Charlotte Personal Injury Attorney Matthew R. Arnold of Arnold & Smith, PLLC answers the question “What can you sue for in a personal injury case?”
A personal injury attorney who has found himself on the other side of at least two lawsuits—as a defendant—says he does not like the feeling and says lawyers who bring frivolous lawsuits should be sanctioned more often.
During a contentious trial in Queens, New York City in 2013, Dr. Michael J. Katz testified that he took ten to twenty minutes, on average, to conduct an examination of a patient. The plaintiff’s lawyer in the case “unveiled a surreptitiously recorded video [of Dr. Katz’s examination of the plaintiff] that lasted six minutes,” leading Judge Duane Hart to call Dr. Katz a “no good liar,” a “thief” and a “spy” with “little beady eyes,” according to Forbes.
Lawyer and blogger Ed Turkewitz reported accurately on what happened between Katz and Judge Hart, but he also “teed off on insurance doctors who perform ‘quickie exams that serve only to deny benefits to the injured[,]’” according to Forbes.
Katz sued Turkewitz, claiming that his blog post falsely implied that Katz had committed perjury. Turkewitz answered, claiming he had reported on the case accurately, and a judge agreed, dismissing Katz’s lawsuit.
That was not enough for Turkewitz, however. He wanted the lawyer who represented Katz sanctioned for bringing the law suit, saying anyone who had been to law school ought to have known the suit had no merit.
Turkewitz was previously sued by a lawyer named Joseph Rakofsky after Turkewitz referenced a Washington Post article about Rakofsky’s handling of a murder case. Rakofsky sued the Post, Turkewitz “and practically anybody else who wrote about him[,]” according to Forbes. Turkewitz complained that it took too long for the court to dismiss the claims against him.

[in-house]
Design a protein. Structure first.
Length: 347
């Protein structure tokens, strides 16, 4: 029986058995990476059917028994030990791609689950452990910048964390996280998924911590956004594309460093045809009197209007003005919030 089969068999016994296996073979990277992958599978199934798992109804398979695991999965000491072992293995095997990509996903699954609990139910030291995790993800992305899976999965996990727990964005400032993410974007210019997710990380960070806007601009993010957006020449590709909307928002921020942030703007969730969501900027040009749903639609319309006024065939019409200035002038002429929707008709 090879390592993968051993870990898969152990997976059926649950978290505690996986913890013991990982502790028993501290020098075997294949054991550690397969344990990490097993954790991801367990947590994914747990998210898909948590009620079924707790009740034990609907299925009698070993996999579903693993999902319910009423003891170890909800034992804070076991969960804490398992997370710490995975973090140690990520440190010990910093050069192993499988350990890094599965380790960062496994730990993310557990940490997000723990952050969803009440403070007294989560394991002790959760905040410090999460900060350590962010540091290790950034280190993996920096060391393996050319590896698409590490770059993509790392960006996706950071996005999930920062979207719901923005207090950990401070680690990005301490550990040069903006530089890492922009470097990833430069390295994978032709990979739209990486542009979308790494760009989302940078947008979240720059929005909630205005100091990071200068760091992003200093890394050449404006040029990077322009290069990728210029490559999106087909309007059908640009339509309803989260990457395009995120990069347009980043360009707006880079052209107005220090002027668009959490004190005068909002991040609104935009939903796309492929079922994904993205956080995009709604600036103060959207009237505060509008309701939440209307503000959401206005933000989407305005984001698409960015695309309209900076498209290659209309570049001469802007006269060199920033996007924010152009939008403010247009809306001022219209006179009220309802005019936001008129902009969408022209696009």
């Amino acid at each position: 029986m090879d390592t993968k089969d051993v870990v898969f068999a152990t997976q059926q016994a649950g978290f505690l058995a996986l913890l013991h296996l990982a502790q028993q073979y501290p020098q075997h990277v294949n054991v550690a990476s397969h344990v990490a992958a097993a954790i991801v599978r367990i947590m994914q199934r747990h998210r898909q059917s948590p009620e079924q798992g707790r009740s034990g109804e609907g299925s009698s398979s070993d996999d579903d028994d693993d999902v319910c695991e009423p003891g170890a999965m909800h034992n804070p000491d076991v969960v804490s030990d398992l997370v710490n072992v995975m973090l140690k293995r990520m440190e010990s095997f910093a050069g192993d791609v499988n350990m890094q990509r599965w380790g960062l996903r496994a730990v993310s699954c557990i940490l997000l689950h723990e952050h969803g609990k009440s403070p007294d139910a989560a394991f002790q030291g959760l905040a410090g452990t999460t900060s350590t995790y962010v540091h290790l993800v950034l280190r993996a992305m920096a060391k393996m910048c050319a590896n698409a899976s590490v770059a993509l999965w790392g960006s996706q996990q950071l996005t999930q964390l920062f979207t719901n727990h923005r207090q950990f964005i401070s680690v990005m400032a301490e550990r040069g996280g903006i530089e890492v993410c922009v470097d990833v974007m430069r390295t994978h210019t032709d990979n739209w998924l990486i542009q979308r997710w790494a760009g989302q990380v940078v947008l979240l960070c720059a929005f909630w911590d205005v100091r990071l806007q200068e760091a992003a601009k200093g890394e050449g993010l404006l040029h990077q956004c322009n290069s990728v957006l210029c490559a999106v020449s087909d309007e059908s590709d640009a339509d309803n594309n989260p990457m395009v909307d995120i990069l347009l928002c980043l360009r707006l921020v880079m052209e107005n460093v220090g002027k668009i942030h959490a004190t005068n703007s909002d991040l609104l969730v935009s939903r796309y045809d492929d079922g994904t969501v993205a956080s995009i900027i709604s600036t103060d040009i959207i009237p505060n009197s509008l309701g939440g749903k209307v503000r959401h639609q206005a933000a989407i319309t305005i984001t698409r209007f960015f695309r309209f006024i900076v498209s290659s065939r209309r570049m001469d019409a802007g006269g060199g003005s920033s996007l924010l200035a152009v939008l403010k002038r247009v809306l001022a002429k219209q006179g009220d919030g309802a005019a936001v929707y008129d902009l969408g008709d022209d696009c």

Forbes writer Daniel Fisher found that interesting. Turkewitz, after all, is a personal-injury lawyer who “opposes tort reform and celebrates the power of juries to award his clients tens of thousands or millions of dollars in damages for medical malpractice and other sympathy-inducing personal tragedies.”
But as Fisher points out, Turkewitz is consistent when it comes to what he sees as “shoddy lawyering” and “shady ethical practices[.]”
Turkewitz said plaintiff’s lawyers get prospective cases all the time that “are garbage.” The most important lesson to be learned, he said, is how to say “no.” Saying no at the beginning of a case means never having to allegedly ask “an investigator to ‘trick’ a witness into changing her story[,]” as Joseph Rakofsky was accused of doing, according to the Post.
As Turkewitz sees it, personal-injury lawyers should be the ones effecting tort reform by weeding out bad cases before they are brought. “Bad cases are brought by bad lawyers,” he said.
If you or someone you know has any questions regarding potential personal injury claims, feel free to contact the experienced personal injury attorneys at Arnold & Smith, PLLC in Charlotte, North Carolina for a free consultation. Call toll free at (955) 370-2828 or click here for additional resources.
About the Author
Matthew Arnold is a Managing Member of Arnold & Smith, PLLC, where he focuses on the areas of family law, divorce, child custody, child support, alimony and equitable distribution.
Mr. Arnold was raised in Charlotte, where he graduated from Providence Senior High School. He attended Belmont Abbey College, where he graduated cum laude, before attending law school at the University of North Carolina at Chapel Hill on a full academic scholarship.
A board-certified specialist in the practice of Family Law, Mr. Arnold is admitted to practice in all state courts in North Carolina, in the United States Federal Court for the Western District of North Carolina, in the North Carolina Court of Appeals and Supreme Court, and in the Fourth Circuit United States Court of Appeals in Richmond, Virginia.
In his free time, Mr. Arnold enjoys golfing and spending time with his wife and three children.
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